Science is not quite sure why, but new calculations show the Universe is expanding faster than expected, possibly the result of something we only suspect exists – dark radiation.
The latest research on star movements found the Universe is expanding between 5 percent and 9 percent faster than early in its life. One consequence of this could be that the universe ends up ripping itself apart.
"A funny universe just got funnier," says lead Australian researcher and ANU astrophysicist Brad Tucker.
"It could be a new force similar to dark energy, or a new particle, or it could be that dark energy itself has changed over time," he added. "We thought we were close to understanding dark energy, but now we know we don't know the answer at all. There's a lot of work to do."
Stars, planets, and gas make up only 5 percent of the Universe. The rest is 25 percent dark matter and 70 percent dark energy, both of which are invisible and have never been directly detected.
Precise values of the Universe's expansion from 13.7 billion years ago have been calculated from observations of the cosmic microwave background, the very faint afterglow of the big bang.
The research was led by Nobel Laureate Adam Riess of the Space Telescope Science Institute and the Johns Hopkins University in the US.
The Hubble Space telescope was used to look at variable stars, called Cepheids, and Type Ia supernovae, which both have well known brightness which enables their distance to be precisely determined.
The team measured the movements of about 2,400 Cepheid stars and about 300 Type Ia supernovae over two and a half years.
From these measurements they calculated the Universe's expansion rate, known as the Hubble constant, to be 73.2 kilometres per second per megaparsec (a megaparsec equals 3.26 million light-years).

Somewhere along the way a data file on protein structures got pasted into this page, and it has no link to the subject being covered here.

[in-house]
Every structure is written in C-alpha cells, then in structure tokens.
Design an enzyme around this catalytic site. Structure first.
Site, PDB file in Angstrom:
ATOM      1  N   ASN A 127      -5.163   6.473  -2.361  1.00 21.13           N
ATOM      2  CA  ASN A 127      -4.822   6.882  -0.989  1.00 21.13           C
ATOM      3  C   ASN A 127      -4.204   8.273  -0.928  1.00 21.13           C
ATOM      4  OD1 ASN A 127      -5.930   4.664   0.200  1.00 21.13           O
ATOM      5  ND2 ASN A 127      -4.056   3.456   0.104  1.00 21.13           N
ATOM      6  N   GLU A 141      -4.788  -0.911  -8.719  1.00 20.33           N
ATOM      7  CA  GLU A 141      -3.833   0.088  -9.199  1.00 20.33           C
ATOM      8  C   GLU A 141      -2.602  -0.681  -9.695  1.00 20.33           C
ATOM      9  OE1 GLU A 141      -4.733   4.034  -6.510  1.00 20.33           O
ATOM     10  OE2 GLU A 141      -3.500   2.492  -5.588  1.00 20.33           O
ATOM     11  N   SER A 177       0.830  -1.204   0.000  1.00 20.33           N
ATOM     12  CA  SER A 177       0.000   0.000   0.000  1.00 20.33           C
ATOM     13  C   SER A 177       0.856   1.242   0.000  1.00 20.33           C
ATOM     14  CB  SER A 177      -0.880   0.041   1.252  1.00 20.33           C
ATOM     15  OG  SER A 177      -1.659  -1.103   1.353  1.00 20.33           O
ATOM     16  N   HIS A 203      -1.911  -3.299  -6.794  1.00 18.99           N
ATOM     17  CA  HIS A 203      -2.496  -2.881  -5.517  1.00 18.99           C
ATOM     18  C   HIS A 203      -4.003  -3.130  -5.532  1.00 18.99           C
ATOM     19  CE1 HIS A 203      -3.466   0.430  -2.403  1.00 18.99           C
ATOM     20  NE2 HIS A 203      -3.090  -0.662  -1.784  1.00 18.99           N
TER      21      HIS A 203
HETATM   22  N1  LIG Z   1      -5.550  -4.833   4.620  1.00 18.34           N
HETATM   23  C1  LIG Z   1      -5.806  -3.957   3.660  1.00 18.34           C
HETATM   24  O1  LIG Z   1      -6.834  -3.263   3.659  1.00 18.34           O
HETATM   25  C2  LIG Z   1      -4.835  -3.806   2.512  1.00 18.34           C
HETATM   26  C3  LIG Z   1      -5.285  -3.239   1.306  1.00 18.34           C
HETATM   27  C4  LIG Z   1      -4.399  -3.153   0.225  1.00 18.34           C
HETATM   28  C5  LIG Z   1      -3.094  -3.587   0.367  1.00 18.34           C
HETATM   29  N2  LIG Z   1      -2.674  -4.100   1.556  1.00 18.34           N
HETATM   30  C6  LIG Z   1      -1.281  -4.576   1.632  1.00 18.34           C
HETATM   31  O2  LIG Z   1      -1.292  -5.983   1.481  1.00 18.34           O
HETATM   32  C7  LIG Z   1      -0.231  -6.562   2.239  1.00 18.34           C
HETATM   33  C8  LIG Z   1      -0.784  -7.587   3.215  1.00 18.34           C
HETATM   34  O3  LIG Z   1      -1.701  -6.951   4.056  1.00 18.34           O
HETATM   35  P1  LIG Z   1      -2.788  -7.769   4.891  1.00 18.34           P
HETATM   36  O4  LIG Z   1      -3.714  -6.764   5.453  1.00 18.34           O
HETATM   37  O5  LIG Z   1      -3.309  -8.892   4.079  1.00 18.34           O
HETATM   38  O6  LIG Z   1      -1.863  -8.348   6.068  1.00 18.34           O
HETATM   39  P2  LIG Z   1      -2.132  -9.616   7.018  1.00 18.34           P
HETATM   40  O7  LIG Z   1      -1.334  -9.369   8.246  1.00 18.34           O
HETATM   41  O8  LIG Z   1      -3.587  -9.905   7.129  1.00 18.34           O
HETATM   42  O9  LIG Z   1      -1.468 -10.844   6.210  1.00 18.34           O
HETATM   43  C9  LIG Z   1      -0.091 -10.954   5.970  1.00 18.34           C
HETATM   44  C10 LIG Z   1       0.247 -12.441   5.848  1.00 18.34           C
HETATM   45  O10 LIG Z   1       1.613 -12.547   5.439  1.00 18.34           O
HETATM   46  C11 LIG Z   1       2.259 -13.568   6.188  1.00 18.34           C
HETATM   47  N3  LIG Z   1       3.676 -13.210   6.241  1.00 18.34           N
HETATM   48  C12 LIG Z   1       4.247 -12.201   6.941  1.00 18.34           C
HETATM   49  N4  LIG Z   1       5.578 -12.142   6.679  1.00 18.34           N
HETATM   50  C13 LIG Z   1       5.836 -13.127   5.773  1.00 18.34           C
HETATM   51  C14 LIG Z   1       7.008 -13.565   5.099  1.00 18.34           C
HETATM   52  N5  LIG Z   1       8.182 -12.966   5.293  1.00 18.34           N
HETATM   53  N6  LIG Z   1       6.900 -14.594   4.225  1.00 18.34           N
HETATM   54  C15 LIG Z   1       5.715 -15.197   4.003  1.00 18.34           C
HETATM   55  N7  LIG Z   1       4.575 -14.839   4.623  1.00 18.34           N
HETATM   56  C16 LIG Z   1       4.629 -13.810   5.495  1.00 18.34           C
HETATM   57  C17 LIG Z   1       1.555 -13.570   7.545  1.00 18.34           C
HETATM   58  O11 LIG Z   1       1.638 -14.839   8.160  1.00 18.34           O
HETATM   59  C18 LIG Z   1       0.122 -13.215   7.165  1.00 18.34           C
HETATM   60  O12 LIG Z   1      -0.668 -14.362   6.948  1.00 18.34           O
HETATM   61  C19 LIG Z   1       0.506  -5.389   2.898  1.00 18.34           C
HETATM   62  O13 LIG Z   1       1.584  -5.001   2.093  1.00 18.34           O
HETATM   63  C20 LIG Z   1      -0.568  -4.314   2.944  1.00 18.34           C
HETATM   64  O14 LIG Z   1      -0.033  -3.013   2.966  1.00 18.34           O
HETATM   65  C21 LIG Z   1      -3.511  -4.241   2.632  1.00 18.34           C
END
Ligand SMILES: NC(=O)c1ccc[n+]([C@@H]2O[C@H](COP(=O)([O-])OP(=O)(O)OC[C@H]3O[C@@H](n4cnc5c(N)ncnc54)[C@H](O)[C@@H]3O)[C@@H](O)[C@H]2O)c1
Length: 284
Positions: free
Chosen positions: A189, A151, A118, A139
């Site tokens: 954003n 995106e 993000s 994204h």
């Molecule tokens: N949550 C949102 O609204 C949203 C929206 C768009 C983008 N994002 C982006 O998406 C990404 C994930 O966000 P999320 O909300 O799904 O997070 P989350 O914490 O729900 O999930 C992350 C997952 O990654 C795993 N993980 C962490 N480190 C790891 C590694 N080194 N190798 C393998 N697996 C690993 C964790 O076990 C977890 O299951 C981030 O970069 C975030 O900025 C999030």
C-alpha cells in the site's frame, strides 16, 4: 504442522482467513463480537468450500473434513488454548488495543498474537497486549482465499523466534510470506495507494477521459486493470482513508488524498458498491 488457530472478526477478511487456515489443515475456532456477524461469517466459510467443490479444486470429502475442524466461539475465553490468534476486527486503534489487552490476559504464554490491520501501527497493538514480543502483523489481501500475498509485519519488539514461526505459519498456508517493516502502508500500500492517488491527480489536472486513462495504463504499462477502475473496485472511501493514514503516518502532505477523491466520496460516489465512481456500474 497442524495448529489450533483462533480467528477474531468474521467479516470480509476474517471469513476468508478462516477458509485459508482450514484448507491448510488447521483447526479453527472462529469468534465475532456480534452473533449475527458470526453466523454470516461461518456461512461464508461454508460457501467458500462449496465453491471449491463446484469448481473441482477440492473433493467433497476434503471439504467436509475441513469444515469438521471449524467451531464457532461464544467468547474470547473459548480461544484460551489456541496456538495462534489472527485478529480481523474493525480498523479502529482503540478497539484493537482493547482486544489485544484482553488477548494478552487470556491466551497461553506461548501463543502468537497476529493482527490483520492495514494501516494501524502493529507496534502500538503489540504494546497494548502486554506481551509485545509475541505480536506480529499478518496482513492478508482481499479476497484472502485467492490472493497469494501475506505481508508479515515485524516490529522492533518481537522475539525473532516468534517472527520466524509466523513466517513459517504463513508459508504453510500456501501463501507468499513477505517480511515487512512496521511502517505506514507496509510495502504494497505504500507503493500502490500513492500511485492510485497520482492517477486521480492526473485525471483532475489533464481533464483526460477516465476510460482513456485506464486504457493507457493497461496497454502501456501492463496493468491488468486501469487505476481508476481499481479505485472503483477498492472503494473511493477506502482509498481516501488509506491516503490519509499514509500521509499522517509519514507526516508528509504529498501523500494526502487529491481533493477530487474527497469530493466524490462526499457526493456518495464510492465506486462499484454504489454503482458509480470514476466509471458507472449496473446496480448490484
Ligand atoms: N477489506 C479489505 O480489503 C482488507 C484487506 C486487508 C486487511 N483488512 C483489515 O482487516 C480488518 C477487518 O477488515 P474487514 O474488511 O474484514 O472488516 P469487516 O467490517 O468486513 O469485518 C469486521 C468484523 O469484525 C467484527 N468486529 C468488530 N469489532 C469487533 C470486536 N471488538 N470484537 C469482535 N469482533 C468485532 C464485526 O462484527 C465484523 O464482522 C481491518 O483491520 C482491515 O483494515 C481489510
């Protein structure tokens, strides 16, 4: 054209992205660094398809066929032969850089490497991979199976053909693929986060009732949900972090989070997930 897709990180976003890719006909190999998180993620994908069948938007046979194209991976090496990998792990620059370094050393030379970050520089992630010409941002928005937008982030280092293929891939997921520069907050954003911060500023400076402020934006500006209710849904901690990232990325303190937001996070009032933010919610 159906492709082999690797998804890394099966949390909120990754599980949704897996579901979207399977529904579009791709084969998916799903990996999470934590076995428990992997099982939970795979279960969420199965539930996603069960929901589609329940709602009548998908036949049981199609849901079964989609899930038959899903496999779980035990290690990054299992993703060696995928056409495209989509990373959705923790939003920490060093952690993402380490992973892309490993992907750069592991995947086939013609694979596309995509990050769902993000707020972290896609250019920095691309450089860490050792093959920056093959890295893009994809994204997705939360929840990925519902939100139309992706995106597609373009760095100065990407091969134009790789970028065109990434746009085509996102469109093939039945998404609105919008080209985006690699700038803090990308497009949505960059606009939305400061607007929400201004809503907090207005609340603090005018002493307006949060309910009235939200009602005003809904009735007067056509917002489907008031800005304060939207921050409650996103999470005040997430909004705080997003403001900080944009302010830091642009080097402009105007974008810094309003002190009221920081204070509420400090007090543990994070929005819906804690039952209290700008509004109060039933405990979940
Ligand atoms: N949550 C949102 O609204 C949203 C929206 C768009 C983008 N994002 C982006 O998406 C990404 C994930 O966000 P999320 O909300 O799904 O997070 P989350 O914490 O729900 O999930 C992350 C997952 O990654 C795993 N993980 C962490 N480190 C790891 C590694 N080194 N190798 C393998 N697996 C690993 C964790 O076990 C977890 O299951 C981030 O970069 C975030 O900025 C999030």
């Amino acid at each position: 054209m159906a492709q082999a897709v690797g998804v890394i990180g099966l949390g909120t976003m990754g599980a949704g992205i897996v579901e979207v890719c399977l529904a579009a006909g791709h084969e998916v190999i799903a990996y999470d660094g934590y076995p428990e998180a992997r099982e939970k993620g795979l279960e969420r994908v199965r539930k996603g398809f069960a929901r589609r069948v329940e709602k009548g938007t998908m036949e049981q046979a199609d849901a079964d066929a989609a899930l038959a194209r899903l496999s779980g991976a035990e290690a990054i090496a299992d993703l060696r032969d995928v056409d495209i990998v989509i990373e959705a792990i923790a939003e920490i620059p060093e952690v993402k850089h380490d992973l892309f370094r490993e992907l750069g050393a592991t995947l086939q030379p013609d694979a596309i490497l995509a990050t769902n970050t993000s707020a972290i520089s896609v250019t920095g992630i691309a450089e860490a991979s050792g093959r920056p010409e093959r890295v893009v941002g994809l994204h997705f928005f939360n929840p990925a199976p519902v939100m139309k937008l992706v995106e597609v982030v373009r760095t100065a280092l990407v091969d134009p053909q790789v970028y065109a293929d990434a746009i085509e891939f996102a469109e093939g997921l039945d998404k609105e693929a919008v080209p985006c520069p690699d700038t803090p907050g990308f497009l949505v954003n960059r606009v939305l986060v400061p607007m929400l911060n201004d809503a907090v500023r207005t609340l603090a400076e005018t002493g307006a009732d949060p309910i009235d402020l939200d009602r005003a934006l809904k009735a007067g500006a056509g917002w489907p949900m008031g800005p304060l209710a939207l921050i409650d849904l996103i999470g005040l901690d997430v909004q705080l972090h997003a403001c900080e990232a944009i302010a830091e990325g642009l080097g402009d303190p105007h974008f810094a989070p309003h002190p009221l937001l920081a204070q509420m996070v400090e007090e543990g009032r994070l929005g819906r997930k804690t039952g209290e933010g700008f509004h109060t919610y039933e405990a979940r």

The new value means the distance between cosmic objects will double in another 9.8 billion years.
The team has a number of theories for the Universe's excessive speed. One possibility is that dark energy may be shoving galaxies away from each other with growing strength, termed phantom dark energy.
Another idea is that the cosmos contained a new subatomic particle in its early history that travelled close to the speed of light and affected the expansion rate. Such speedy particles are collectively referred to as dark radiation and include previously known particles such as neutrinos.
The boost in acceleration could also mean that dark matter possesses some weird, unexpected characteristics. Or the speedier Universe may be telling astronomers that Einstein's theory of gravity is incomplete.
Although unlikely to affect humanity's near future, Tucker says the different scenarios could have serious repercussions for the Universe.
"If the acceleration is not too fast, the Universe will cool as it flies apart, resulting in a big freeze," he says. "But if the Universe can't keep up with its own acceleration there will be a big rip. The Universe will literally rip itself apart, which would be awesome."
This article was originally published by Business Insider.
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